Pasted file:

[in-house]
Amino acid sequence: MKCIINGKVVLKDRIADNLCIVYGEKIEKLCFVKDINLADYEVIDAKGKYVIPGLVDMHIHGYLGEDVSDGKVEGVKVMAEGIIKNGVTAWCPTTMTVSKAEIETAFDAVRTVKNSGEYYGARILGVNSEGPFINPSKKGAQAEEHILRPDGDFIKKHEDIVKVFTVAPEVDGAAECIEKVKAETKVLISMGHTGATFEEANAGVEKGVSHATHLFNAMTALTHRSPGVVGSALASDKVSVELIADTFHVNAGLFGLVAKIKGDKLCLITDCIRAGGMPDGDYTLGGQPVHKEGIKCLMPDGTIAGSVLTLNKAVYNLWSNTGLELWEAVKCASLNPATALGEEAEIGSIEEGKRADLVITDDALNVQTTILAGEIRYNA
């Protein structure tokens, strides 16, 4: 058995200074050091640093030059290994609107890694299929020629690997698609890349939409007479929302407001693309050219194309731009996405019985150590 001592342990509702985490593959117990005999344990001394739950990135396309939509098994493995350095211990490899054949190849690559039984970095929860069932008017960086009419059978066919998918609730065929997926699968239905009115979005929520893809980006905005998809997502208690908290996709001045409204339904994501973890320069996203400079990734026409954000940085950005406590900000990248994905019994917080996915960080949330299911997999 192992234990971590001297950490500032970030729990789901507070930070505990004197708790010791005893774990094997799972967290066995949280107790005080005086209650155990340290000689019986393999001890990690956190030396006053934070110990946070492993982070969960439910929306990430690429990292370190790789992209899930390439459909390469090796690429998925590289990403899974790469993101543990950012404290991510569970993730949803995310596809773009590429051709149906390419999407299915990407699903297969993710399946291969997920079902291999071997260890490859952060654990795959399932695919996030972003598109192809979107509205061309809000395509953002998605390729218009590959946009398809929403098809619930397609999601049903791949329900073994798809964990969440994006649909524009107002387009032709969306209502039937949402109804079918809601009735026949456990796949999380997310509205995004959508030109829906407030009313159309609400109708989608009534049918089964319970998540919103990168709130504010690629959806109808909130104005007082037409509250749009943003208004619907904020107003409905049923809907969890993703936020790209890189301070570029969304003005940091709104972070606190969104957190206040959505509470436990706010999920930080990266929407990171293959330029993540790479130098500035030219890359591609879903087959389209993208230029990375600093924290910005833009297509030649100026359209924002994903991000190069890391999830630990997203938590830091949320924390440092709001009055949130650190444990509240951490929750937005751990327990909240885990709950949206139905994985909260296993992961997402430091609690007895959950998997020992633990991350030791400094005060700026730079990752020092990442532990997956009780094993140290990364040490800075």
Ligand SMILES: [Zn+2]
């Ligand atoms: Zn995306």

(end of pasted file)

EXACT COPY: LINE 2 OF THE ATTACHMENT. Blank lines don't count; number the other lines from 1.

Amino acid sequence: MKCIINGKVVLKDRIADNLCIVYGEKIEKLCFVKDINLADYEVIDAKGKYVIPGLVDMHIHGYLGEDVSDGKVEGVKVMAEGIIKNGVTAWCPTTMTVSKAEIETAFDAVRTVKNSGEYYGARILGVNSEGPFINPSKKGAQAEEHILRPDGDFIKKHEDIVKVFTVAPEVDGAAECIEKVKAETKVLISMGHTGATFEEANAGVEKGVSHATHLFNAMTALTHRSPGVVGSALASDKVSVELIADTFHVNAGLFGLVAKIKGDKLCLITDCIRAGGMPDGDYTLGGQPVHKEGIKCLMPDGTIAGSVLTLNKAVYNLWSNTGLELWEAVKCASLNPATALGEEAEIGSIEEGKRADLVITDDALNVQTTILAGEIRYNA